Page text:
TOKYO (Reuters) – Japan’s top government spokesman, Yoshihide Suga, has won the backing of the largest faction of the ruling party to become its next leader, public broadcaster NHK reported on Tuesday, making him a strong front-runner to become the next premier.
Japan’s chief cabinet secretary and a long-time lieutenant of outgoing Prime Minister Shinzo Abe, Suga is widely expected to stay the policy course set out by Abe, including the “Abenomics” strategy aimed at reviving the economy and keeping it afloat amid the COVID-19 pandemic.
Suga has not publicly announced his candidacy for leader of the Liberal Democratic Party (LDP) but has indicated privately that he intends to run, a source told Reuters. Media reported he would formally announce his intention to run on Wednesday.
The party’s leader will almost certainly become prime minister because of its majority in the lower house of parliament. The new leader will replace Abe, who abruptly announced on Friday he was stepping down for health reasons.
In a meeting on Tuesday to decide on the format of the election, LDP executives agreed to a simplified vote, by party MPs from both chambers of parliament and heads of local chapters, party Secretary-General Toshihiro Nikai said.
The proposal to exclude votes by rank-and-file members favours Suga, who has now reportedly locked in support from the party’s biggest factions. But a final decision, to be made at a general assembly on Tuesday, could be delayed due to opposition from many party members.
“We must elect a new leader as soon as possible to avoid creating a political vacuum,” Nikai told reporters. “There was no objection to my view at the meeting.”
PUSH FOR WIDER VOTE
On Monday, however, younger LDP legislators met with Nikai to present a demand from more than 140 MPs and about 400 local party lawmakers for a full-scale vote. Several local chapters including Osaka have also demanded the same.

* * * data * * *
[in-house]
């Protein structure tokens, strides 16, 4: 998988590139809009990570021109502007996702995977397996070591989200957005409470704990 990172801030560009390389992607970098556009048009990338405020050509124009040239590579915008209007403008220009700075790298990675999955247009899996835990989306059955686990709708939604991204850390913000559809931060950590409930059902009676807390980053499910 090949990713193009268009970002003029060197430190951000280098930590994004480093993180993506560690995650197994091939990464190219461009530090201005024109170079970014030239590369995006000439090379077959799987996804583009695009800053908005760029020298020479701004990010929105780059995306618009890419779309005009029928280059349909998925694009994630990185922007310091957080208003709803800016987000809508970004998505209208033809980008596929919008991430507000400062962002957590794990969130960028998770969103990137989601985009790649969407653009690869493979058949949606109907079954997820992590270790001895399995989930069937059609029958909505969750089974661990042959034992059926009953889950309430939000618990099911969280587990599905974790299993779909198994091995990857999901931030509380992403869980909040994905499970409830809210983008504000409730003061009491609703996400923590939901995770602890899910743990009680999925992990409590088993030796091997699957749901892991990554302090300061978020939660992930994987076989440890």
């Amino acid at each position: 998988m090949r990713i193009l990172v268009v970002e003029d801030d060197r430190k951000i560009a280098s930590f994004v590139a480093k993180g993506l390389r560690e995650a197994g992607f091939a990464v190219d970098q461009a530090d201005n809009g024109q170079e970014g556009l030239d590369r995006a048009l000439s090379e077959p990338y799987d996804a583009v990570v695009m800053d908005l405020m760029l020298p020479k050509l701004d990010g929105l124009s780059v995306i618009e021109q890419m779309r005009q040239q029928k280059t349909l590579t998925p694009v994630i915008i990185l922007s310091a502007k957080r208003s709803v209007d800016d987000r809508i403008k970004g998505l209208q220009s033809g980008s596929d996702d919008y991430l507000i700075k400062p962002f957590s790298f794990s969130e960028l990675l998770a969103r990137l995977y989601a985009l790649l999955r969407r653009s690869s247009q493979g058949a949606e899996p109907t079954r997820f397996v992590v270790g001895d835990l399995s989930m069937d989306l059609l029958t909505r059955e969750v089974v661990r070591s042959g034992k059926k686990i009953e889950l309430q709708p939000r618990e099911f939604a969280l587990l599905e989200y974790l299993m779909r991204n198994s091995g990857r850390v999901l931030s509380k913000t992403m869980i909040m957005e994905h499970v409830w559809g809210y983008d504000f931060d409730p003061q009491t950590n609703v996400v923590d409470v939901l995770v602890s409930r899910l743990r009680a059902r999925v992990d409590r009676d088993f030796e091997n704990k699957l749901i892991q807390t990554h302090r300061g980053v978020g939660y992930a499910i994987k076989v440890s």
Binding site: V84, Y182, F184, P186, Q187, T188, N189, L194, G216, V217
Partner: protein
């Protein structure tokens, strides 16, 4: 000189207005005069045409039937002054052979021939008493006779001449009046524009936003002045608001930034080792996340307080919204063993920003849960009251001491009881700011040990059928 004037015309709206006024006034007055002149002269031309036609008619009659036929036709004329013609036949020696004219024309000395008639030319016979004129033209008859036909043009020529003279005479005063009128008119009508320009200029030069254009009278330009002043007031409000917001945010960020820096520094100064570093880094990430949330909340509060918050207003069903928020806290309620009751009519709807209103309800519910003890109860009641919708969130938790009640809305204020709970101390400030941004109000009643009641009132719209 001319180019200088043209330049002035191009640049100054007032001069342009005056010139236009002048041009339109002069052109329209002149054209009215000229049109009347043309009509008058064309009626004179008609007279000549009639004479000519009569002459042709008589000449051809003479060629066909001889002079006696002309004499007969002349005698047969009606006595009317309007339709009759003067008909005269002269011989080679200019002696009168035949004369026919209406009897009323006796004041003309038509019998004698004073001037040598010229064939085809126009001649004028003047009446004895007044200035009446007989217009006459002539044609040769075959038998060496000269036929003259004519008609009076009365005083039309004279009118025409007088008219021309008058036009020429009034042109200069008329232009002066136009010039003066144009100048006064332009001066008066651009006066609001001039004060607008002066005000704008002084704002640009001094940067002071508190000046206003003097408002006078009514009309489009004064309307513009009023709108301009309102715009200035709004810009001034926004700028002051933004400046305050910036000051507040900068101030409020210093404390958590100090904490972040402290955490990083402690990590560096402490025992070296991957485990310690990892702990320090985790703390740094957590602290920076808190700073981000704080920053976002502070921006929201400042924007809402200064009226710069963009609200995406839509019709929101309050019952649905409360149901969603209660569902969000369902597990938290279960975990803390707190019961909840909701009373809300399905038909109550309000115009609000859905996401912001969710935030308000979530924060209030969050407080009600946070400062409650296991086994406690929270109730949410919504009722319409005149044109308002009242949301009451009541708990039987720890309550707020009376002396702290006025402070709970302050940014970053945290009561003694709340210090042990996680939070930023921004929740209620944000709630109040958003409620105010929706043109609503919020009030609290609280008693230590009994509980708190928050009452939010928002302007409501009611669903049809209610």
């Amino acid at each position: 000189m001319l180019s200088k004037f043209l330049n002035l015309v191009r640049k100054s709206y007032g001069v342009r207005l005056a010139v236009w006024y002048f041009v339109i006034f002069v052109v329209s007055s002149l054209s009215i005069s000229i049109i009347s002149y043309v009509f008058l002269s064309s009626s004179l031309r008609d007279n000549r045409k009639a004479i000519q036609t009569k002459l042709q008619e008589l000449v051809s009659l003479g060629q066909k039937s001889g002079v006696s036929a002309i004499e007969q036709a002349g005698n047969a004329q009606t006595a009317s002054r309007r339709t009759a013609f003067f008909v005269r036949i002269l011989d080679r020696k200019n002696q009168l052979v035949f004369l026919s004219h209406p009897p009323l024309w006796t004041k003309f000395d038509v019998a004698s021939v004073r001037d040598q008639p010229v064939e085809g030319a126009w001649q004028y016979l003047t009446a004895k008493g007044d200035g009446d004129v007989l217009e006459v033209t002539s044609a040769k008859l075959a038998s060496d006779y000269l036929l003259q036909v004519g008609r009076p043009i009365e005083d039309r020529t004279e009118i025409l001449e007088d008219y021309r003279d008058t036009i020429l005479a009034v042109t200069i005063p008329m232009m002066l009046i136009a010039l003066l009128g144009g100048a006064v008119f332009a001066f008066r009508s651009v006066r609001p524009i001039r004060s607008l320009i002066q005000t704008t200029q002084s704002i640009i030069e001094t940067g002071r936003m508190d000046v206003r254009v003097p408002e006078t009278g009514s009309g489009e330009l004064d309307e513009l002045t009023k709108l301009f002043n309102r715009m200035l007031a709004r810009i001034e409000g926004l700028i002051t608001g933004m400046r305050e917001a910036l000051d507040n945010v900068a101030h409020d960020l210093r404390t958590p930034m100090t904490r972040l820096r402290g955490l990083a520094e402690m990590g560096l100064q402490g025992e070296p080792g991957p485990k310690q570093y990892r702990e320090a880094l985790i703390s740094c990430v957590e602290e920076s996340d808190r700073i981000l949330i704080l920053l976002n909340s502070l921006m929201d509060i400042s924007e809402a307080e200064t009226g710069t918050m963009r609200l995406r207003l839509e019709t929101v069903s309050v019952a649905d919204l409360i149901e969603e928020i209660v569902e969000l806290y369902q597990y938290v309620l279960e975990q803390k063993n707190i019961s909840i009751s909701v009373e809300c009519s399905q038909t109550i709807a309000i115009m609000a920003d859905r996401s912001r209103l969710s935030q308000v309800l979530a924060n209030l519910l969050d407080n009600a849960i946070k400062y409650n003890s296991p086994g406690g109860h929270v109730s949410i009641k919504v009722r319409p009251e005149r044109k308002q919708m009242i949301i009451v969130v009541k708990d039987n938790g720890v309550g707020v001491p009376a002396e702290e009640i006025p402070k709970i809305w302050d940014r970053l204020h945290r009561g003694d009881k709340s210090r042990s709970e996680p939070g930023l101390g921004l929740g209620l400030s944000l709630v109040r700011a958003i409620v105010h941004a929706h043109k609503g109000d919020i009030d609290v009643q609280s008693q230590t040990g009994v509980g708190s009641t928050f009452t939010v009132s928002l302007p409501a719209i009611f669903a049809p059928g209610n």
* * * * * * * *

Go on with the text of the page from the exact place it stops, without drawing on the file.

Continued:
“To select the new leader, we must have a party presidential election in a form that listens to a wide range of votes,” one of the MPs said.
Shigeru Ishiba, a main rival for the race, echoed those views, repeating on Tuesday that he was against a limited vote.
“I think that both for democracy and for the party, this is something that should not be,” the former defence minister said on TV Asahi. Ishiba is the most popular with voters among the likely candidates but lacks strong backing in the party hierarchy.
The LDP is expected to hold its leadership vote on Sept. 14.
Financial markets also favour and appear to have factored in a win by Suga.
“He is considered to be a very effective policy leader within the party and bureaucracy … and was key to Abe’s successful tenure,” said John Vail, chief global strategist at Nikko Asset Management.
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“Suga’s experience with the virus situation, including his appropriate push-back on complete shutdowns, is key, as this is Japan’s greatest concern right now,” he added.
Another contender for the post is Fumio Kishida, a former foreign minister. Current Foreign Minister Toshimitsu Motegi and Defence Minister Taro Kono both said on Tuesday they had not yet decided whether to run.
The reported backing of the LDP’s biggest Hosoda faction for Suga follows media reports of support from the powerful faction led by Deputy Prime Minister Taro Aso. LDP heavyweight Nikai is also supporting Suga.
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